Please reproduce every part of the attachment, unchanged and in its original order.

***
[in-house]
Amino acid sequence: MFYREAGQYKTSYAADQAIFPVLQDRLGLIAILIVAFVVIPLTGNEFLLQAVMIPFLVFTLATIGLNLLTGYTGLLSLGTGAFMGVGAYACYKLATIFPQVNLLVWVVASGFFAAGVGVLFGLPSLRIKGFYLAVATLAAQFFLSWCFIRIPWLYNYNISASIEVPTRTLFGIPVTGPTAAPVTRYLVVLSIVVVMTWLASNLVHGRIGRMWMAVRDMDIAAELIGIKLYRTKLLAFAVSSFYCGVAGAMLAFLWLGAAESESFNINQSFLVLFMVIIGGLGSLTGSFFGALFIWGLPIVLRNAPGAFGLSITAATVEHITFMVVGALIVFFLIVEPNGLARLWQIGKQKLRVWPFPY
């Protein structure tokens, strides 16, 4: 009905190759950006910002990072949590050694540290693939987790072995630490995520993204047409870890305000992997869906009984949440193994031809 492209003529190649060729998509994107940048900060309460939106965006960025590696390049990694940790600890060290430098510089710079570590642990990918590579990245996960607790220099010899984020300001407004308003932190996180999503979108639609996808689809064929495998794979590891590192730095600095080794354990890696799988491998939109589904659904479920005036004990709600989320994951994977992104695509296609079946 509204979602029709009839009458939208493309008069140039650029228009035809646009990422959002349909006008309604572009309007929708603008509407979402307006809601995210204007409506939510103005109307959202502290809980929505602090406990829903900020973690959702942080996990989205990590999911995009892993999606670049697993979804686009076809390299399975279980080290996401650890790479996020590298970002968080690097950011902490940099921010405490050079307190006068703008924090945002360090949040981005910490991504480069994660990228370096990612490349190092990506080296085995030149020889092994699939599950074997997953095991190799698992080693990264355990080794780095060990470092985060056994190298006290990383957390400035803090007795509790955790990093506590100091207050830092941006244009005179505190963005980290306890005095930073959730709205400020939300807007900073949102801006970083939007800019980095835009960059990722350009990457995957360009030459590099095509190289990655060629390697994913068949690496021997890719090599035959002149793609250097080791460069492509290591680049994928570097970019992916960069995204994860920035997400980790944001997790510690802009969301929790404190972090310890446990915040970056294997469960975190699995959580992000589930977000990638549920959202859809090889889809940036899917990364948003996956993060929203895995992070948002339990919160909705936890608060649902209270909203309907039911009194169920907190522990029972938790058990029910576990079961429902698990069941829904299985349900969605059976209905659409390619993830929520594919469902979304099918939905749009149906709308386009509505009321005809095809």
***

[in-house]
Amino acid sequence: MFYREAGQYKTSYAADQAIFPVLQDRLGLIAILIVAFVVIPLTGNEFLLQAVMIPFLVFTLATIGLNLLTGYTGLLSLGTGAFMGVGAYACYKLATIFPQVNLLVWVVASGFFAAGVGVLFGLPSLRIKGFYLAVATLAAQFFLSWCFIRIPWLYNYNISASIEVPTRTLFGIPVTGPTAAPVTRYLVVLSIVVVMTWLASNLVHGRIGRMWMAVRDMDIAAELIGIKLYRTKLLAFAVSSFYCGVAGAMLAFLWLGAAESESFNINQSFLVLFMVIIGGLGSLTGSFFGALFIWGLPIVLRNAPGAFGLSITAATVEHITFMVVGALIVFFLIVEPNGLARLWQIGKQKLRVWPFPY
């Protein structure tokens, strides 16, 4: 009905190759950006910002990072949590050694540290693939987790072995630490995520993204047409870890305000992997869906009984949440193994031809 492209003529190649060729998509994107940048900060309460939106965006960025590696390049990694940790600890060290430098510089710079570590642990990918590579990245996960607790220099010899984020300001407004308003932190996180999503979108639609996808689809064929495998794979590891590192730095600095080794354990890696799988491998939109589904659904479920005036004990709600989320994951994977992104695509296609079946 509204979602029709009839009458939208493309008069140039650029228009035809646009990422959002349909006008309604572009309007929708603008509407979402307006809601995210204007409506939510103005109307959202502290809980929505602090406990829903900020973690959702942080996990989205990590999911995009892993999606670049697993979804686009076809390299399975279980080290996401650890790479996020590298970002968080690097950011902490940099921010405490050079307190006068703008924090945002360090949040981005910490991504480069994660990228370096990612490349190092990506080296085995030149020889092994699939599950074997997953095991190799698992080693990264355990080794780095060990470092985060056994190298006290990383957390400035803090007795509790955790990093506590100091207050830092941006244009005179505190963005980290306890005095930073959730709205400020939300807007900073949102801006970083939007800019980095835009960059990722350009990457995957360009030459590099095509190289990655060629390697994913068949690496021997890719090599035959002149793609250097080791460069492509290591680049994928570097970019992916960069995204994860920035997400980790944001997790510690802009969301929790404190972090310890446990915040970056294997469960975190699995959580992000589930977000990638549920959202859809090889889809940036899917990364948003996956993060929203895995992070948002339990919160909705936890608060649902209270909203309907039911009194169920907190522990029972938790058990029910576990079961429902698990069941829904299985349900969605059976209905659409390619993830929520594919469902979304099918939905749009149906709308386009509505009321005809095809």